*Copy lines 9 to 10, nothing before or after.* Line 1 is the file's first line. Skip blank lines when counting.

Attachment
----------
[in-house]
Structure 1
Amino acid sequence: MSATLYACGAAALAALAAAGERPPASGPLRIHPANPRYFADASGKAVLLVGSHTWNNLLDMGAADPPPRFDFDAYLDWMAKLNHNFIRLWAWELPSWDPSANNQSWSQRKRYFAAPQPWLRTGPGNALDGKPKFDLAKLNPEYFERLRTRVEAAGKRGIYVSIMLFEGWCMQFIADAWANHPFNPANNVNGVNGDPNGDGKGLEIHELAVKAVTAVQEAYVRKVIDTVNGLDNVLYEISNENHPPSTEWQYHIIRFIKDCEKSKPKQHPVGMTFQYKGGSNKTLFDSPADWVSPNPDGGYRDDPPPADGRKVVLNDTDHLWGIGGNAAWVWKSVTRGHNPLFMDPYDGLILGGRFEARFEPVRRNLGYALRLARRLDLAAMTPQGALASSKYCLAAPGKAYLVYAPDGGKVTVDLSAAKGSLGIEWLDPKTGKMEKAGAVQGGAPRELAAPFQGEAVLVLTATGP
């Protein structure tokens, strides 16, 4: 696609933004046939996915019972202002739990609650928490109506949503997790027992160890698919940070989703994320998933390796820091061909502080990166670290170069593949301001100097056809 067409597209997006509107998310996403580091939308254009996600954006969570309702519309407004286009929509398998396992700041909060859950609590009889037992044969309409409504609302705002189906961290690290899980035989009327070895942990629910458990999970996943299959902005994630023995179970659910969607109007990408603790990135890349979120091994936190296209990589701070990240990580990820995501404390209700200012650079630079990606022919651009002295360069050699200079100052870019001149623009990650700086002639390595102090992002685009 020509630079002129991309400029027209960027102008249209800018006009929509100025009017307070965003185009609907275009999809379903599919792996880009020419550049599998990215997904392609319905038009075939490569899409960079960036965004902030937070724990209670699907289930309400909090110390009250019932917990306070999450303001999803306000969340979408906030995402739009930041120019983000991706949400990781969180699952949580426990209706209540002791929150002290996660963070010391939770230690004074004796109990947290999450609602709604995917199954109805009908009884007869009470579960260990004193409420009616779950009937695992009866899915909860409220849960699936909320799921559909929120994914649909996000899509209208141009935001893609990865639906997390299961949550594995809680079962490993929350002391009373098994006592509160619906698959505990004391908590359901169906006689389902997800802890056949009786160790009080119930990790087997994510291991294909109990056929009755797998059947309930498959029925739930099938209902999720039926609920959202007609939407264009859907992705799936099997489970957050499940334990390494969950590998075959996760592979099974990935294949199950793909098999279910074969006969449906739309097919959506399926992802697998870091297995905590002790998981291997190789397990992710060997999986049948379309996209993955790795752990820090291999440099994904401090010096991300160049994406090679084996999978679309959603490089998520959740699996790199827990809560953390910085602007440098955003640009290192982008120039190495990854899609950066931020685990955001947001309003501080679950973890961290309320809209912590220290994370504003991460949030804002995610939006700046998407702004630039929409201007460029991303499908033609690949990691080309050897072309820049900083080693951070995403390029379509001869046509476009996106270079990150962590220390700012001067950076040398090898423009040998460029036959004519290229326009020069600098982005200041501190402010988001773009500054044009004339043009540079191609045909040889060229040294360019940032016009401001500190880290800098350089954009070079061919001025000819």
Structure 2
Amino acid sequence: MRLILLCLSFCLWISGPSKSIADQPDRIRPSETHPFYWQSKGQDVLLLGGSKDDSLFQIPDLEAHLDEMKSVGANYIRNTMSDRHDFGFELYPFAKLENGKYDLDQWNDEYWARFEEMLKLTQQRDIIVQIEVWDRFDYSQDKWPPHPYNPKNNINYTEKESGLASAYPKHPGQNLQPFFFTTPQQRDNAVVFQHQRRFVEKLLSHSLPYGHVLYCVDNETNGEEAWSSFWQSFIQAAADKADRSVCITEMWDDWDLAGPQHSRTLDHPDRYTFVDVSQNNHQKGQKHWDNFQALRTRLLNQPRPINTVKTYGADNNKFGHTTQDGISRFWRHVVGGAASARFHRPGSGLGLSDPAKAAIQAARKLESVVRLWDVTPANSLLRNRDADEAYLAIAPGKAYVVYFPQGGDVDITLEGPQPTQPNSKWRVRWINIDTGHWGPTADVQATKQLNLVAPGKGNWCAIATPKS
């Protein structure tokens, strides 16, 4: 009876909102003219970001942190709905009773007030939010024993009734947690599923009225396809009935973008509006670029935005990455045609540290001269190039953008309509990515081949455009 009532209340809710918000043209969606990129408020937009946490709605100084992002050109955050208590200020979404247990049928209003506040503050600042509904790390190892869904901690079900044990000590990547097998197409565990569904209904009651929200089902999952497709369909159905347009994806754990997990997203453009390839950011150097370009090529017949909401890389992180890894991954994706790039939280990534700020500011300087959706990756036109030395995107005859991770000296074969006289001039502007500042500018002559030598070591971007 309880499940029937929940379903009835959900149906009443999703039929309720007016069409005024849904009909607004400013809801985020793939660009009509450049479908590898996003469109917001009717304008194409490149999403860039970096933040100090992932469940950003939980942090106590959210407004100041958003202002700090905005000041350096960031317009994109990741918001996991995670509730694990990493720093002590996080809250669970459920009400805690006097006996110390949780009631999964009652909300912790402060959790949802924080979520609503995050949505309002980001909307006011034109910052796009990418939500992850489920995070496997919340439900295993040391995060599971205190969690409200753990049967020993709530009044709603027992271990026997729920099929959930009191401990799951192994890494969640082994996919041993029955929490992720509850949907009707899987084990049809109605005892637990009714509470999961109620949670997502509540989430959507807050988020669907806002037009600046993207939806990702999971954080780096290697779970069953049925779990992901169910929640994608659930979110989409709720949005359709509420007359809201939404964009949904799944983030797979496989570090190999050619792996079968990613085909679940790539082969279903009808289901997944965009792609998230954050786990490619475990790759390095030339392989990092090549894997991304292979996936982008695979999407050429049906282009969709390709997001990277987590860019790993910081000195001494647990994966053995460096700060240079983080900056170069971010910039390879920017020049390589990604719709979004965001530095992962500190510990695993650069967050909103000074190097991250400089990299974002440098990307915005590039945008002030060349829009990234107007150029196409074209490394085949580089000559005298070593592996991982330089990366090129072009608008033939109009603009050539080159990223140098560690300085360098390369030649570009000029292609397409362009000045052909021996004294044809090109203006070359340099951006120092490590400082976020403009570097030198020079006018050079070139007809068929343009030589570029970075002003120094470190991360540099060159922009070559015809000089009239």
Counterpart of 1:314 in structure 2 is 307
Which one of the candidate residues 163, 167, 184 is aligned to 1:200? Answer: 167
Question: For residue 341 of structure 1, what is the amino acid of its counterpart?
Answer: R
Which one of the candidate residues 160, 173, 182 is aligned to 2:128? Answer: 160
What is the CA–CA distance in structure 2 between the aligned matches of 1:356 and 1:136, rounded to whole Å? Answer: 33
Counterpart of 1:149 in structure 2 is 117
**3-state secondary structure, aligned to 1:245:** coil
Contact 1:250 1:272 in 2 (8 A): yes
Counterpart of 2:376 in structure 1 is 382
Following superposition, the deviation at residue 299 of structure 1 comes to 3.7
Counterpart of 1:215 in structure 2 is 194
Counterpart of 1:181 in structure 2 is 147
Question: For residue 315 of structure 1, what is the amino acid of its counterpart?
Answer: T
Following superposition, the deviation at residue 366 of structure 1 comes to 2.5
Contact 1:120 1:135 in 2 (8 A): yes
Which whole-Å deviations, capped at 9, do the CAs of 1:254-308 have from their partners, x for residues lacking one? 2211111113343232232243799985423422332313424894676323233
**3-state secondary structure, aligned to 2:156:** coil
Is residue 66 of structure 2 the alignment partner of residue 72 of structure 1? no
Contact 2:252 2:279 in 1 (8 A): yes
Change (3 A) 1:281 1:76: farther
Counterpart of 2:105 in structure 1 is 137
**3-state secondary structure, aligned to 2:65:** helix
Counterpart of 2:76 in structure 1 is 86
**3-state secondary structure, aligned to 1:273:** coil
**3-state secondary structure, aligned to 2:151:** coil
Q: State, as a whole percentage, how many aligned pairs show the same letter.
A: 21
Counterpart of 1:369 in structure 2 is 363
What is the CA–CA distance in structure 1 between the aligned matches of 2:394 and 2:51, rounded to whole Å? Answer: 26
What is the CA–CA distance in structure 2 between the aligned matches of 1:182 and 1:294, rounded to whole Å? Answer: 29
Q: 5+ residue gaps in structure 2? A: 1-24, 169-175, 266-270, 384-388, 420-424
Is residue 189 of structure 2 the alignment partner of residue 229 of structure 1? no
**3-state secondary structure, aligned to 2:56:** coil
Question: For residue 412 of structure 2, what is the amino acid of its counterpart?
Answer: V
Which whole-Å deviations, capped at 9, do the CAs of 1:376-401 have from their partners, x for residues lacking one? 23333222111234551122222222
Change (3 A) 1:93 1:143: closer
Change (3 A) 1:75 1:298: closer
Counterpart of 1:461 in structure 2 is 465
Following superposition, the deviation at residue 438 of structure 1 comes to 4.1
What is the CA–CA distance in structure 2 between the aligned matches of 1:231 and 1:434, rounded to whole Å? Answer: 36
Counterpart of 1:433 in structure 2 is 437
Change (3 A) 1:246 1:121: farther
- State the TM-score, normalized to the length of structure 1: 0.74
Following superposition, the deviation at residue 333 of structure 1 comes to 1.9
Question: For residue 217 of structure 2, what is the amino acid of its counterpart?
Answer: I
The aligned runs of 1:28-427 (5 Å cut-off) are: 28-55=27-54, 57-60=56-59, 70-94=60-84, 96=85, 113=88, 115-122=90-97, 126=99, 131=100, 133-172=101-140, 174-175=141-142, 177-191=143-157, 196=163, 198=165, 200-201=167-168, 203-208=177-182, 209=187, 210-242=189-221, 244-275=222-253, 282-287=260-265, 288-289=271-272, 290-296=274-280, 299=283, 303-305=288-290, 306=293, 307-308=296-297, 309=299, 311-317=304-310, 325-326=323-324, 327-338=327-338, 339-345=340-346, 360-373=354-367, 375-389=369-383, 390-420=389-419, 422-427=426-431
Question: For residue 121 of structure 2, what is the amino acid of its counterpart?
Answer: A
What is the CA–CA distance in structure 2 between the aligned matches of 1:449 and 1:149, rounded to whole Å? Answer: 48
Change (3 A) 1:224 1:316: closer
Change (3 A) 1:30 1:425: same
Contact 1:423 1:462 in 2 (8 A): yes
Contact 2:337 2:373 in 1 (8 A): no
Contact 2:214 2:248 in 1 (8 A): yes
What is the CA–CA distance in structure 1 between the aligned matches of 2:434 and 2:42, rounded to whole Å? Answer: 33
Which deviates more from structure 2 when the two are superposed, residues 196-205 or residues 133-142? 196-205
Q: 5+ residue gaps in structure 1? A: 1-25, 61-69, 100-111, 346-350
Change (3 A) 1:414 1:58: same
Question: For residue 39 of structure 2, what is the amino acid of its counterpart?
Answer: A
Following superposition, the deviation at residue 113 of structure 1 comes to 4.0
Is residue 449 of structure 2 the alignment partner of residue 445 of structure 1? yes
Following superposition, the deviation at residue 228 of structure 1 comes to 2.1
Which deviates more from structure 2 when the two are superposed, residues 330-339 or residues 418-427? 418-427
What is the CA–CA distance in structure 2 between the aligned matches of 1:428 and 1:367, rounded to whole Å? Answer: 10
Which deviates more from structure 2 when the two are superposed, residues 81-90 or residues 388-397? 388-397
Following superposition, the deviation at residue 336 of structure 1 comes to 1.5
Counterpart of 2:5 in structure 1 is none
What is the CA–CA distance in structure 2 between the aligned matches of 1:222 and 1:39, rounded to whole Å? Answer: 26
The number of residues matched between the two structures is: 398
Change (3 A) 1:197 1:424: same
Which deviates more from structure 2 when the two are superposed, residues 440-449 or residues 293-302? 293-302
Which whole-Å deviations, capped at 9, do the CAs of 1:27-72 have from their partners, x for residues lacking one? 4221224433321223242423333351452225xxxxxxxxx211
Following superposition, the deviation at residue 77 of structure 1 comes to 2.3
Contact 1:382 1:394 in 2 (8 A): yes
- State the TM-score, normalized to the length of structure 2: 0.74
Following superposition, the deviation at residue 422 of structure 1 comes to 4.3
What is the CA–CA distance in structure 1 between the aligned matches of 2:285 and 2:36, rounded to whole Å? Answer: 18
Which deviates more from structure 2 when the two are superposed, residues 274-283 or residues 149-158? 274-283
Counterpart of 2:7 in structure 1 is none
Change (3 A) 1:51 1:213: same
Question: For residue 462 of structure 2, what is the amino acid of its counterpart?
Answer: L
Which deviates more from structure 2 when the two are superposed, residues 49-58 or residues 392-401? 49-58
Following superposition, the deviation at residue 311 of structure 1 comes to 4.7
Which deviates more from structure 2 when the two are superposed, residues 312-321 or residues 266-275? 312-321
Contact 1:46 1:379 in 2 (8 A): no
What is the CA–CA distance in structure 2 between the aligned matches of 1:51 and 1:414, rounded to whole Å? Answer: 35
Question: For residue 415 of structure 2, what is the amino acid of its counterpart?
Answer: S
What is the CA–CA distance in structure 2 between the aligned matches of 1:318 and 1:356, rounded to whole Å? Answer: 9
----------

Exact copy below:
Which one of the candidate residues 163, 167, 184 is aligned to 1:200? Answer: 167
Question: For residue 341 of structure 1, what is the amino acid of its counterpart?